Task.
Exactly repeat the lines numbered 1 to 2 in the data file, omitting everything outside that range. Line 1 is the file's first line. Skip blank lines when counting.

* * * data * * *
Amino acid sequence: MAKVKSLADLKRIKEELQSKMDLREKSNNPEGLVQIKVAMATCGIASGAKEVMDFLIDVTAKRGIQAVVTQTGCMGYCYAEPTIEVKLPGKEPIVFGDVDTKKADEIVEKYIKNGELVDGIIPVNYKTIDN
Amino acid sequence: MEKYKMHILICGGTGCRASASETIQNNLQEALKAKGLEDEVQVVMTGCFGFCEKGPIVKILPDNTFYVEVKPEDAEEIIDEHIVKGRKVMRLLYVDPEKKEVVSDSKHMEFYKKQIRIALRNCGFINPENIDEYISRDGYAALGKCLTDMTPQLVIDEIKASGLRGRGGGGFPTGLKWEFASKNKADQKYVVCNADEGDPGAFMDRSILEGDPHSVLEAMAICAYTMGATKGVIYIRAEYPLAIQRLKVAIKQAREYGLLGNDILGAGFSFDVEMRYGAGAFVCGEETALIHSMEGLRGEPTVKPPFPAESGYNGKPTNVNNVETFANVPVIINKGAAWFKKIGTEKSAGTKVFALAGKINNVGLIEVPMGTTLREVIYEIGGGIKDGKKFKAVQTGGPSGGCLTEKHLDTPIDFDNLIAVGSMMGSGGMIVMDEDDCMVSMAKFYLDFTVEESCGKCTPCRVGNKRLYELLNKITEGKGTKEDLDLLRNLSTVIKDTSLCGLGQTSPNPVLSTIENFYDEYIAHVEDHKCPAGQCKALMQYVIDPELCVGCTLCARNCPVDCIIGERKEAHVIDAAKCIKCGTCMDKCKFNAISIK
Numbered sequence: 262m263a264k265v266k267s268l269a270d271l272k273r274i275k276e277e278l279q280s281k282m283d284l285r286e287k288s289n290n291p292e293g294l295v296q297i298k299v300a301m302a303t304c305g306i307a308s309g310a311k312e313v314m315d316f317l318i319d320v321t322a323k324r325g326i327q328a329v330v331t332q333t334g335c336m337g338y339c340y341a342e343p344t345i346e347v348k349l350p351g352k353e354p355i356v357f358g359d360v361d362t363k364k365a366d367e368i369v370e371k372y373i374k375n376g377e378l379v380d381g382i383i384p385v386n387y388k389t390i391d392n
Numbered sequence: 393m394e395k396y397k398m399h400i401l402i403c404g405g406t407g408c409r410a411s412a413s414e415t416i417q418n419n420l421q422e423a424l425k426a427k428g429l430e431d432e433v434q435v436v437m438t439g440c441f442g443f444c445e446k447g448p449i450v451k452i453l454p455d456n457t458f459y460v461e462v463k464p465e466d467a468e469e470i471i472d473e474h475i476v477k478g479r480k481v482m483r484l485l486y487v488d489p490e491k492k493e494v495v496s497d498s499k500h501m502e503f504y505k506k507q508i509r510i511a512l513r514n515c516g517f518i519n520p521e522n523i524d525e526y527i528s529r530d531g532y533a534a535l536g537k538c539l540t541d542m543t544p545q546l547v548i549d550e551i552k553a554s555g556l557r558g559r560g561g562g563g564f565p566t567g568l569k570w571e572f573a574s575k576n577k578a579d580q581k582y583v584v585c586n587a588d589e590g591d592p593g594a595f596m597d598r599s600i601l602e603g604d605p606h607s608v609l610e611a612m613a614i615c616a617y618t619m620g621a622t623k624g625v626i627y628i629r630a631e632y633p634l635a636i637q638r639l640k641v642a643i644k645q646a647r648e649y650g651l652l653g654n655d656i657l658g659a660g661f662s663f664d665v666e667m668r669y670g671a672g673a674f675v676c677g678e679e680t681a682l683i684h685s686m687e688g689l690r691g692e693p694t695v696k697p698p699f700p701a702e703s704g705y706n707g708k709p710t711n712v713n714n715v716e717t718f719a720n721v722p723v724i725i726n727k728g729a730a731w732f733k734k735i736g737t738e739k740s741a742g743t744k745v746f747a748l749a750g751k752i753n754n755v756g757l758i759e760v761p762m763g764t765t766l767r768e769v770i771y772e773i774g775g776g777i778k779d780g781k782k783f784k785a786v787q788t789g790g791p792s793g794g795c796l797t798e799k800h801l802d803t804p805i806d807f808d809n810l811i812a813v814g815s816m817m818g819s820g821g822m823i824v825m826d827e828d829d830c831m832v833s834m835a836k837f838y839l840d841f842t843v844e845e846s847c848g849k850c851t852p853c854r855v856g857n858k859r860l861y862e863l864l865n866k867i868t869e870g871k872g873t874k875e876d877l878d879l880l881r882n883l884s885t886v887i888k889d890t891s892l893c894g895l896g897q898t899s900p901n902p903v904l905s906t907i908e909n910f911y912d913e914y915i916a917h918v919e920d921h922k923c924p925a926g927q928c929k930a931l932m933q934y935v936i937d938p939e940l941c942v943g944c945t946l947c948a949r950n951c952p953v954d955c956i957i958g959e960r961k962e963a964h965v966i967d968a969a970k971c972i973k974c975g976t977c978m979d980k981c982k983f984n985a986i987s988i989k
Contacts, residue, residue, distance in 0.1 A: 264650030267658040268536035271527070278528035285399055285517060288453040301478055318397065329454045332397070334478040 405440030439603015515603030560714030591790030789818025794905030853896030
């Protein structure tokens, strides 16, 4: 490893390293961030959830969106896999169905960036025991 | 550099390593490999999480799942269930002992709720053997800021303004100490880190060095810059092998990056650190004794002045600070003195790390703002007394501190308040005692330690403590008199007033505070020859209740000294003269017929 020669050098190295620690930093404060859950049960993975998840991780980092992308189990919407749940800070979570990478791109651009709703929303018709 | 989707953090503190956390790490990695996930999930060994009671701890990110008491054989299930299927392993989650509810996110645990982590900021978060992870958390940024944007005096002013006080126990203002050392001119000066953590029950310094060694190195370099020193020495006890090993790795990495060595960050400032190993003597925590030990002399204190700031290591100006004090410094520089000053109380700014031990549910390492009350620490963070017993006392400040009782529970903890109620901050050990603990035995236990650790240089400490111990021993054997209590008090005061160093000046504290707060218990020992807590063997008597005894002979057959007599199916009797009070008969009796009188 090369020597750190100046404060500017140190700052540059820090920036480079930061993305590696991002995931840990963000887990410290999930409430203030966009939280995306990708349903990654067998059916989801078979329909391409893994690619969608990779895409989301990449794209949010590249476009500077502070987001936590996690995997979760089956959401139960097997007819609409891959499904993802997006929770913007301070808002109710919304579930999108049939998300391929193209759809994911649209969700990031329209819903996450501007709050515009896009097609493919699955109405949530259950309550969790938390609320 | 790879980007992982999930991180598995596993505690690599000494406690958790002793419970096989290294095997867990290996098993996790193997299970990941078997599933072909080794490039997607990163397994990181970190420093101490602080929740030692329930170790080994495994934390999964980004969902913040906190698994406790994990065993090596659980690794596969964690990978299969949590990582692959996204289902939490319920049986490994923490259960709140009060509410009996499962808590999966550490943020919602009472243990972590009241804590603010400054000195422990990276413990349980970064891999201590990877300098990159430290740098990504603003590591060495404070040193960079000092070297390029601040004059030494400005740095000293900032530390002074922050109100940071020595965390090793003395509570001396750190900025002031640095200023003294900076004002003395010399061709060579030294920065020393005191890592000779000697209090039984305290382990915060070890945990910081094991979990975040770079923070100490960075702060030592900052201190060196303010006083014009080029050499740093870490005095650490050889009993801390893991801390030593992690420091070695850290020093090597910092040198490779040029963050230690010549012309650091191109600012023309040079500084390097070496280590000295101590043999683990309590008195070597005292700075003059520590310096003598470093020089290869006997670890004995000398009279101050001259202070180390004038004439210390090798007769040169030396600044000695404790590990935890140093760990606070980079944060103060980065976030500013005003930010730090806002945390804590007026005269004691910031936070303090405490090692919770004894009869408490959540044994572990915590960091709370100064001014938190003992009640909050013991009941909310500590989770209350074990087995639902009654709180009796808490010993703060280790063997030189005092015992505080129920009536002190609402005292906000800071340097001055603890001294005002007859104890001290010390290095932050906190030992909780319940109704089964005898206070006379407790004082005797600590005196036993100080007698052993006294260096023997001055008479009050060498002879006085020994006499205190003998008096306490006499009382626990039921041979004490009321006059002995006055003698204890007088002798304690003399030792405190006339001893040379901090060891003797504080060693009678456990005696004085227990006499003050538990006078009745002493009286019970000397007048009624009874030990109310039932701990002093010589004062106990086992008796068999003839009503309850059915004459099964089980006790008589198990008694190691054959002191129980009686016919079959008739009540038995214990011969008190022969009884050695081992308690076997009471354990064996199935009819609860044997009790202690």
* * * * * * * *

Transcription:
Amino acid sequence: MAKVKSLADLKRIKEELQSKMDLREKSNNPEGLVQIKVAMATCGIASGAKEVMDFLIDVTAKRGIQAVVTQTGCMGYCYAEPTIEVKLPGKEPIVFGDVDTKKADEIVEKYIKNGELVDGIIPVNYKTIDN
Amino acid sequence: MEKYKMHILICGGTGCRASASETIQNNLQEALKAKGLEDEVQVVMTGCFGFCEKGPIVKILPDNTFYVEVKPEDAEEIIDEHIVKGRKVMRLLYVDPEKKEVVSDSKHMEFYKKQIRIALRNCGFINPENIDEYISRDGYAALGKCLTDMTPQLVIDEIKASGLRGRGGGGFPTGLKWEFASKNKADQKYVVCNADEGDPGAFMDRSILEGDPHSVLEAMAICAYTMGATKGVIYIRAEYPLAIQRLKVAIKQAREYGLLGNDILGAGFSFDVEMRYGAGAFVCGEETALIHSMEGLRGEPTVKPPFPAESGYNGKPTNVNNVETFANVPVIINKGAAWFKKIGTEKSAGTKVFALAGKINNVGLIEVPMGTTLREVIYEIGGGIKDGKKFKAVQTGGPSGGCLTEKHLDTPIDFDNLIAVGSMMGSGGMIVMDEDDCMVSMAKFYLDFTVEESCGKCTPCRVGNKRLYELLNKITEGKGTKEDLDLLRNLSTVIKDTSLCGLGQTSPNPVLSTIENFYDEYIAHVEDHKCPAGQCKALMQYVIDPELCVGCTLCARNCPVDCIIGERKEAHVIDAAKCIKCGTCMDKCKFNAISIK